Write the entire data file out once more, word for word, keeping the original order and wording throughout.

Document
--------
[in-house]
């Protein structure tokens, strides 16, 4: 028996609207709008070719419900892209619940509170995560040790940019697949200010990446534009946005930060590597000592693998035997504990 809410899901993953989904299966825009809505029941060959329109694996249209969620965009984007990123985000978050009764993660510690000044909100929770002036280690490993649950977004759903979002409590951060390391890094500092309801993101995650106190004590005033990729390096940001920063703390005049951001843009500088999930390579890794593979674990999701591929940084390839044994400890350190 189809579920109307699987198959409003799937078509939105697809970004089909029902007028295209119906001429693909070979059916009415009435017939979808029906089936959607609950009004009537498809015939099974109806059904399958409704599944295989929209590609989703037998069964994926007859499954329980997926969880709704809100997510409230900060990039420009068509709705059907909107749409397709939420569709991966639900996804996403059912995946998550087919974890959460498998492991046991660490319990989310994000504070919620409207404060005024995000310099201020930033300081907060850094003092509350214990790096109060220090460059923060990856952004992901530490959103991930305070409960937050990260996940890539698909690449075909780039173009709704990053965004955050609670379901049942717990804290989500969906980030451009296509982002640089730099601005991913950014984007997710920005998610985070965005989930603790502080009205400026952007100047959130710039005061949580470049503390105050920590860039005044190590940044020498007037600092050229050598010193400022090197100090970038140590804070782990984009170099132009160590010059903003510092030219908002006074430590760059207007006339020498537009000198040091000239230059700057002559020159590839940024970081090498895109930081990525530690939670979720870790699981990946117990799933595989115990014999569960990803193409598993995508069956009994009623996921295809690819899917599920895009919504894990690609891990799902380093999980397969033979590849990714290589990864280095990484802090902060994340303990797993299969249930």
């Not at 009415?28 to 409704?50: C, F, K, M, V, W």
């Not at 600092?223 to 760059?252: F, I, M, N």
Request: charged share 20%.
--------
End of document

[in-house]
């Protein structure tokens, strides 16, 4: 028996609207709008070719419900892209619940509170995560040790940019697949200010990446534009946005930060590597000592693998035997504990 809410899901993953989904299966825009809505029941060959329109694996249209969620965009984007990123985000978050009764993660510690000044909100929770002036280690490993649950977004759903979002409590951060390391890094500092309801993101995650106190004590005033990729390096940001920063703390005049951001843009500088999930390579890794593979674990999701591929940084390839044994400890350190 189809579920109307699987198959409003799937078509939105697809970004089909029902007028295209119906001429693909070979059916009415009435017939979808029906089936959607609950009004009537498809015939099974109806059904399958409704599944295989929209590609989703037998069964994926007859499954329980997926969880709704809100997510409230900060990039420009068509709705059907909107749409397709939420569709991966639900996804996403059912995946998550087919974890959460498998492991046991660490319990989310994000504070919620409207404060005024995000310099201020930033300081907060850094003092509350214990790096109060220090460059923060990856952004992901530490959103991930305070409960937050990260996940890539698909690449075909780039173009709704990053965004955050609670379901049942717990804290989500969906980030451009296509982002640089730099601005991913950014984007997710920005998610985070965005989930603790502080009205400026952007100047959130710039005061949580470049503390105050920590860039005044190590940044020498007037600092050229050598010193400022090197100090970038140590804070782990984009170099132009160590010059903003510092030219908002006074430590760059207007006339020498537009000198040091000239230059700057002559020159590839940024970081090498895109930081990525530690939670979720870790699981990946117990799933595989115990014999569960990803193409598993995508069956009994009623996921295809690819899917599920895009919504894990690609891990799902380093999980397969033979590849990714290589990864280095990484802090902060994340303990797993299969249930």
């Not at 009415?28 to 409704?50: C, F, K, M, V, W």
């Not at 600092?223 to 760059?252: F, I, M, N």
Request: charged share 20%.